*Also, I rewatched Season 6 - not a fan favourite - at a time in my life when I really needed it, and I seem to be alone among fans in thinking that it was a well-executed season whose story perfectly matched where the characters were in their lives. (I do recognise, however, that many queer fans found the Willow/Tara storyline distressing and a betrayal, and, though they don't need my validation, I think they have a valid point.)
    dolorosa_12: (flight of the conchords)
    I seem to be on a bit of a blogging roll right now, so here's a post about three things I've been musing about in relation to various things I've been reading in recent times.

    1. I still find Buffy empowering, in spite of everything

    Let's get this out of the way. Buffy fails on numerous occasions in matters of race, sexuality and even the feminism which its creator, Joss Whedon, claims. I personally think its storytelling is excellent, but I know numerous people who find it deeply problematic and even hurtful, with good reason. It is, to me, an example of a flawed story that nonetheless never fails to speak to me, and I know that I have in the past excused or failed to recognise its flaws due to ignorance.

    Chief among these flaws is one that feminists often raise in relation to all of Whedon's work: he ostensibly writes stories about 'empowered' women whose source of empowerment is overcoming some kind of trauma, usually a literal or metaphorical rape.

    And yet, for me, as a teenager and young woman, I found that particular story, especially as it was told in Buffy, extremely empowering. Despite having a relatively calm adolescence, with nothing worse than low-level bullying, I always felt broken (and indeed in my early 20s actually sought out situations that would give me an excuse for this brokenness). As such, the idea that out of brokenness came strength was incredibly empowering for me. I know now that we need stories about women whose strength is not simply an act of revenge, a side-effect of abuse or destruction, but back then, Buffy's was a story I needed to be told.*

    2. Leave Twihards alone!
    On a related note, I think the bashing of Twilight fans needs to stop. This is not because I think Twilight is a wonderful story, or that it's a terrible story but this somehow doesn't matter because it's 'light, fluffy entertainment' (nothing is 'just a story', and nothing is above criticism). It's because if I had been twelve, or fourteen or even eighteen when Twilight came out, hell, I would've been a fan too, and I think those of us who were introverted and 'only ever fell in love with fictional men' need to show a bit more empathy and compassion.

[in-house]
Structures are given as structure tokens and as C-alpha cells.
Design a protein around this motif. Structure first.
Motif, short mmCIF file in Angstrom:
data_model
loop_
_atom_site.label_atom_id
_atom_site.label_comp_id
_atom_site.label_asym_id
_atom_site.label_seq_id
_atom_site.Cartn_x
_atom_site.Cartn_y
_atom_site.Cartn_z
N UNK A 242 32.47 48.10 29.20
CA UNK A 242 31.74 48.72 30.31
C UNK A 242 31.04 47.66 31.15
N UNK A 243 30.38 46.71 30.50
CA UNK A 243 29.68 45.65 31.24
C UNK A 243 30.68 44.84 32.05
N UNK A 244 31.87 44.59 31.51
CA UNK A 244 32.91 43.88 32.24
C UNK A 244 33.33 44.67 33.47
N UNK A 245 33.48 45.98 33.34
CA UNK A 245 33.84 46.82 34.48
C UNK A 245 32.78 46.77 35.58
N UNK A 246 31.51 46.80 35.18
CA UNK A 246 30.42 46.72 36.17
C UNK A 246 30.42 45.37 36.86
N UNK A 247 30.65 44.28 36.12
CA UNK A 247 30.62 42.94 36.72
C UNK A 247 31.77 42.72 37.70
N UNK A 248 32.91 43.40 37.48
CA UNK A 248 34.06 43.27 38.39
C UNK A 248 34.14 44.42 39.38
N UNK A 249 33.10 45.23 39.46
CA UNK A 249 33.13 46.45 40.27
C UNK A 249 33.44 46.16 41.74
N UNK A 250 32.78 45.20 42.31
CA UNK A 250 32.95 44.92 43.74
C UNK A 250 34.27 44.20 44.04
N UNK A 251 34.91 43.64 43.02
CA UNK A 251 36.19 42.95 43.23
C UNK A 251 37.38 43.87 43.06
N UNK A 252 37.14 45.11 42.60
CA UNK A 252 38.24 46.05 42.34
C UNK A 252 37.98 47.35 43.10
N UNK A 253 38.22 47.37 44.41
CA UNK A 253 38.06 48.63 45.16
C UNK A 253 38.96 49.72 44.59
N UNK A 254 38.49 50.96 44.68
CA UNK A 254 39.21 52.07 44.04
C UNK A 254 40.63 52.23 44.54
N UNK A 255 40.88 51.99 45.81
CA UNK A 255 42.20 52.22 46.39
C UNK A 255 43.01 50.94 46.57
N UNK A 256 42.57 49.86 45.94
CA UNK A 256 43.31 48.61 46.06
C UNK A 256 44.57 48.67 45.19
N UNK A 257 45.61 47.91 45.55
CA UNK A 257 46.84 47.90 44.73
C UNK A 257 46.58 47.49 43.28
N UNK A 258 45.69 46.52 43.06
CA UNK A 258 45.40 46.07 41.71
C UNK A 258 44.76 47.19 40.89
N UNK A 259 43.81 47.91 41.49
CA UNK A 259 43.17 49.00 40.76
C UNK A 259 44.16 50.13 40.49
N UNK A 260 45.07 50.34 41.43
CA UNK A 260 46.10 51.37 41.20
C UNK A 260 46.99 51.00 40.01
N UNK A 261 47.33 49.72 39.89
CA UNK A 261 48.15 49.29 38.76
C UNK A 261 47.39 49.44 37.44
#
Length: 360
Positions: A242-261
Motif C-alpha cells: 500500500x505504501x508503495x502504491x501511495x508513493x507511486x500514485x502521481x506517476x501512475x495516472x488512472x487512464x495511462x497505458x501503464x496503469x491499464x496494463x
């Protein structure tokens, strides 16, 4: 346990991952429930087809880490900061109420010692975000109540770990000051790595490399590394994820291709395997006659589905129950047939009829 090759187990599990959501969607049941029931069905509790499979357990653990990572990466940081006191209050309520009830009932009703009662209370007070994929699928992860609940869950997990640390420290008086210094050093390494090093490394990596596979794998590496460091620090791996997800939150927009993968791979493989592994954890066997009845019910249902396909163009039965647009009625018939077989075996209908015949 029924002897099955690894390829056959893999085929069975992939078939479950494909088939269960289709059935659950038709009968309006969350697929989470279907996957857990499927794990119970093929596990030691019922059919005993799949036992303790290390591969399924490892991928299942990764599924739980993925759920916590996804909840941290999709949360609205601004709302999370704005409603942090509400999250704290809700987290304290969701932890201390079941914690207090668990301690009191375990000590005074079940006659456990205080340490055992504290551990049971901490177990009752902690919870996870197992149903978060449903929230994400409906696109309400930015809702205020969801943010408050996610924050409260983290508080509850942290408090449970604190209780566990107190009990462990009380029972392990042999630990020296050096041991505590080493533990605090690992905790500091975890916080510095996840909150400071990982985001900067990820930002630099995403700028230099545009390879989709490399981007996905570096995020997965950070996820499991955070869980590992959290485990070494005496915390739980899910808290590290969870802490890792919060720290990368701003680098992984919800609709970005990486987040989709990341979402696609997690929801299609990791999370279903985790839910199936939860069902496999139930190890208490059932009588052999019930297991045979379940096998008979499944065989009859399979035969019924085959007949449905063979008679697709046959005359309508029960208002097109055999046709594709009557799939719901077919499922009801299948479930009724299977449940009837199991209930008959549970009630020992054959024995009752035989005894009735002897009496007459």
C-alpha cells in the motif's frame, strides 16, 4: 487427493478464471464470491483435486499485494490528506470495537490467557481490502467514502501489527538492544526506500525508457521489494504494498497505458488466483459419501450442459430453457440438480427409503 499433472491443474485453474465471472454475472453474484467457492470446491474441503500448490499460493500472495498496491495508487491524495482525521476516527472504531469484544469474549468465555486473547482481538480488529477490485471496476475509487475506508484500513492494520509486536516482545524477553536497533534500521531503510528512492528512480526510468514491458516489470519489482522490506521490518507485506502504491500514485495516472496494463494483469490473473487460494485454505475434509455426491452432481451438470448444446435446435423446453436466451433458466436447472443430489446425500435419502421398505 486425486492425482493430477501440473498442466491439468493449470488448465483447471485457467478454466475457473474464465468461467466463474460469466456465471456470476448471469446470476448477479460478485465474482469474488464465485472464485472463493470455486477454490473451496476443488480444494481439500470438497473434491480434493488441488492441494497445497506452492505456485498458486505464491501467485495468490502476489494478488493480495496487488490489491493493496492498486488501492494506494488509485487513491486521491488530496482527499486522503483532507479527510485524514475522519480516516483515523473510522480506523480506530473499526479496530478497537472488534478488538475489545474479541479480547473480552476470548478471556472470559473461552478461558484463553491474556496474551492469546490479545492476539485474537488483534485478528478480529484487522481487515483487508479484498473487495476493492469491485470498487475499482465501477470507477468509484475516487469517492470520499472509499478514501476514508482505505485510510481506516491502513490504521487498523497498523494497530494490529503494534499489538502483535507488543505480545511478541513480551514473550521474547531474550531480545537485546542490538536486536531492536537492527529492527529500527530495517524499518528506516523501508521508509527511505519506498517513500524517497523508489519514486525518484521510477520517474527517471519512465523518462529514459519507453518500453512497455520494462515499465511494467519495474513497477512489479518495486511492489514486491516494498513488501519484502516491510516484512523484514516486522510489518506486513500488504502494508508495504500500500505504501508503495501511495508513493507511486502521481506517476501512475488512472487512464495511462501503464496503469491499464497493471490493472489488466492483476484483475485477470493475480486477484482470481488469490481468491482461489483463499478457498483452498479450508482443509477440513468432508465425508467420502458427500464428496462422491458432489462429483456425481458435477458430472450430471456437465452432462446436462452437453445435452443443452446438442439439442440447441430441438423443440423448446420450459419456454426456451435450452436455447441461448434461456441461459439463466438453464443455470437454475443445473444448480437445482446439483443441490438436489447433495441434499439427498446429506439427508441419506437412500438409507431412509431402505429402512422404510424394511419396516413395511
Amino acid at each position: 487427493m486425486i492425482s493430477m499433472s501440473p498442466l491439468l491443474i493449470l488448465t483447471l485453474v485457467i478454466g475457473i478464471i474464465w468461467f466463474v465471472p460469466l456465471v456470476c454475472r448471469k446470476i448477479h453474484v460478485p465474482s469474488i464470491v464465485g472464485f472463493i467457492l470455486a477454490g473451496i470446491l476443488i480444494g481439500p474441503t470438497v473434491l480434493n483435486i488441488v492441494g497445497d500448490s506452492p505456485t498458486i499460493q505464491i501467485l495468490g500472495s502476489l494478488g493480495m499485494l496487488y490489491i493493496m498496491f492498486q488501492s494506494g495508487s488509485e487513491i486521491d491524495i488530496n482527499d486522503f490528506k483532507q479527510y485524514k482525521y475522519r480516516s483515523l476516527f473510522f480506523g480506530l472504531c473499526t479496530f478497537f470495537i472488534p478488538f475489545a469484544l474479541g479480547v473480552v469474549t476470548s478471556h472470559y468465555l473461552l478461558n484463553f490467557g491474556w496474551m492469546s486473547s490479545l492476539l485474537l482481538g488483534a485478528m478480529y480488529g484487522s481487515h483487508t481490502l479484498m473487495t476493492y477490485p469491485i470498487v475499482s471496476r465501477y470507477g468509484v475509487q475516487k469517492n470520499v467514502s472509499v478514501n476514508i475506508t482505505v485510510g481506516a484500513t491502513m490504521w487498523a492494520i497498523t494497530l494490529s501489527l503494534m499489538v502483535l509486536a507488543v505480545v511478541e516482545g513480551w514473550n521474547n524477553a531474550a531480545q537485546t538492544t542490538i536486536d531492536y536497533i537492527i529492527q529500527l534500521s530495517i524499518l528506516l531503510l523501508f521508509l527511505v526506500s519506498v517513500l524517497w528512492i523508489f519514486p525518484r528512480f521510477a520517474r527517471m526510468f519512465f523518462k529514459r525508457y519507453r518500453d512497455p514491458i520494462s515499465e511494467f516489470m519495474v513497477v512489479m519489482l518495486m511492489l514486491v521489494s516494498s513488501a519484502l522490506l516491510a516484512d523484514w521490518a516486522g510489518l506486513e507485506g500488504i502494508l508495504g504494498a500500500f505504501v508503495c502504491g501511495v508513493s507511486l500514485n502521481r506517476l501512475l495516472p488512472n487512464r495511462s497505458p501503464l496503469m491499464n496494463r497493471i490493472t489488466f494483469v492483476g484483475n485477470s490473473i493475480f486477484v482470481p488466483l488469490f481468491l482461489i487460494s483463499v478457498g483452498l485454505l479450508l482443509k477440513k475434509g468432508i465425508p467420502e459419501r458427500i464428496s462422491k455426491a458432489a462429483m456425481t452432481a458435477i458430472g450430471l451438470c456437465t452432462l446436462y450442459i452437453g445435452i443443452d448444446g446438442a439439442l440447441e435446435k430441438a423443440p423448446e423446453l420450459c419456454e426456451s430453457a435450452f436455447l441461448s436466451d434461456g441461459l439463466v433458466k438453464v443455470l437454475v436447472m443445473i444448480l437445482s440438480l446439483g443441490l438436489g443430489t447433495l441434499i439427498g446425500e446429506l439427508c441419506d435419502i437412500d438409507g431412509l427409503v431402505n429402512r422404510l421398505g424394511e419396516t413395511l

You know how I said I felt 'broken' as a teenager? Well, I used to think the solution to that 'brokenness' was an all-consuming, all-sacrificing, transformative love. I read just the kinds of books to feed my rescue fantasy, and I thought if the right guy (always someone 'dangerous' and 'damaged') would walk through the door, all my troubles and angst would be over. As a fifteen-year-old girl, it's a powerful idea: that true love is obsessive and dramatic and will cause you to change completely, and Twilight simply taps into that idea. As a teenager I was reading Cecilia Dart-Thornton and Sara Douglass and Juliet Marillier and a whole host of other female romantic fantasy writers who fell under the umbrella of 'Celtic-inflected historical fantasy', and who am I to say that they were any less damaging to my ideas about romance and relationships than Twilight?

    I'm not saying that we should throw our hands in the air and give up criticising Twilight. No, we should criticise it until Stephenie Meyer is no more than a distant spot on the horizon of the YA corpus. But we should stop thinking of Twilight fandom as a new phenomenon and recognise that many of us read equally problematic books as teenagers, and gained equally disturbing beliefs about relationships because of them.

    3. Hufflepuff and proud
    I'm a self-sorted Hufflepuff, and actually only want to join Pottermore so that I can have this sort of officially confirmed. (I'm sad, I know, I know.) And while I know I'm overinvesting, it does make me sad (even though I know it's all done in humour), when people like The Last Muggle persistently bash my beloved house and the qualities that it epitomises.

    This criticism does have some validity. After all, loyalty - the key Hufflepuff trait - does have a dark side, as one may be blindly loyal and supportive where he or she should be constructively critical or antagonistic. But I think that kindness, compassion, hard work, fairness and loyalty are unjustly underrated, and that these are qualities (kindness in particular) that we ought to demonstrate, not mock or belittle.